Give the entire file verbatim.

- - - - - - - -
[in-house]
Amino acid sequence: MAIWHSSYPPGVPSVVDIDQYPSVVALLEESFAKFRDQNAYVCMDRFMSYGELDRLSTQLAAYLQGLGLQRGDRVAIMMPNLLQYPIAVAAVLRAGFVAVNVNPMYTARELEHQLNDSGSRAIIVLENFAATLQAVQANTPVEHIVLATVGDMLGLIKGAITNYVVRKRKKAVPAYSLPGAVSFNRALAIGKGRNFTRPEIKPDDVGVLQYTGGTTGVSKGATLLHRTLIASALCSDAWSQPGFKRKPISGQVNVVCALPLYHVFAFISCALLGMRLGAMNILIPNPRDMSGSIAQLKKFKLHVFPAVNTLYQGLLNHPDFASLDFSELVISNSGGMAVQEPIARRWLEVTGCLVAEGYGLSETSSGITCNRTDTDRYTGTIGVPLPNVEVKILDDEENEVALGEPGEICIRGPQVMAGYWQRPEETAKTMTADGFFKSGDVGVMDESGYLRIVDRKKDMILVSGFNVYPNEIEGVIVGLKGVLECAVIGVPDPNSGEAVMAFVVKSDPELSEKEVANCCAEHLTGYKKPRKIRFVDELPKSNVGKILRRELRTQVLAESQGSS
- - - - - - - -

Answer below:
[in-house]
Amino acid sequence: MAIWHSSYPPGVPSVVDIDQYPSVVALLEESFAKFRDQNAYVCMDRFMSYGELDRLSTQLAAYLQGLGLQRGDRVAIMMPNLLQYPIAVAAVLRAGFVAVNVNPMYTARELEHQLNDSGSRAIIVLENFAATLQAVQANTPVEHIVLATVGDMLGLIKGAITNYVVRKRKKAVPAYSLPGAVSFNRALAIGKGRNFTRPEIKPDDVGVLQYTGGTTGVSKGATLLHRTLIASALCSDAWSQPGFKRKPISGQVNVVCALPLYHVFAFISCALLGMRLGAMNILIPNPRDMSGSIAQLKKFKLHVFPAVNTLYQGLLNHPDFASLDFSELVISNSGGMAVQEPIARRWLEVTGCLVAEGYGLSETSSGITCNRTDTDRYTGTIGVPLPNVEVKILDDEENEVALGEPGEICIRGPQVMAGYWQRPEETAKTMTADGFFKSGDVGVMDESGYLRIVDRKKDMILVSGFNVYPNEIEGVIVGLKGVLECAVIGVPDPNSGEAVMAFVVKSDPELSEKEVANCCAEHLTGYKKPRKIRFVDELPKSNVGKILRRELRTQVLAESQGSS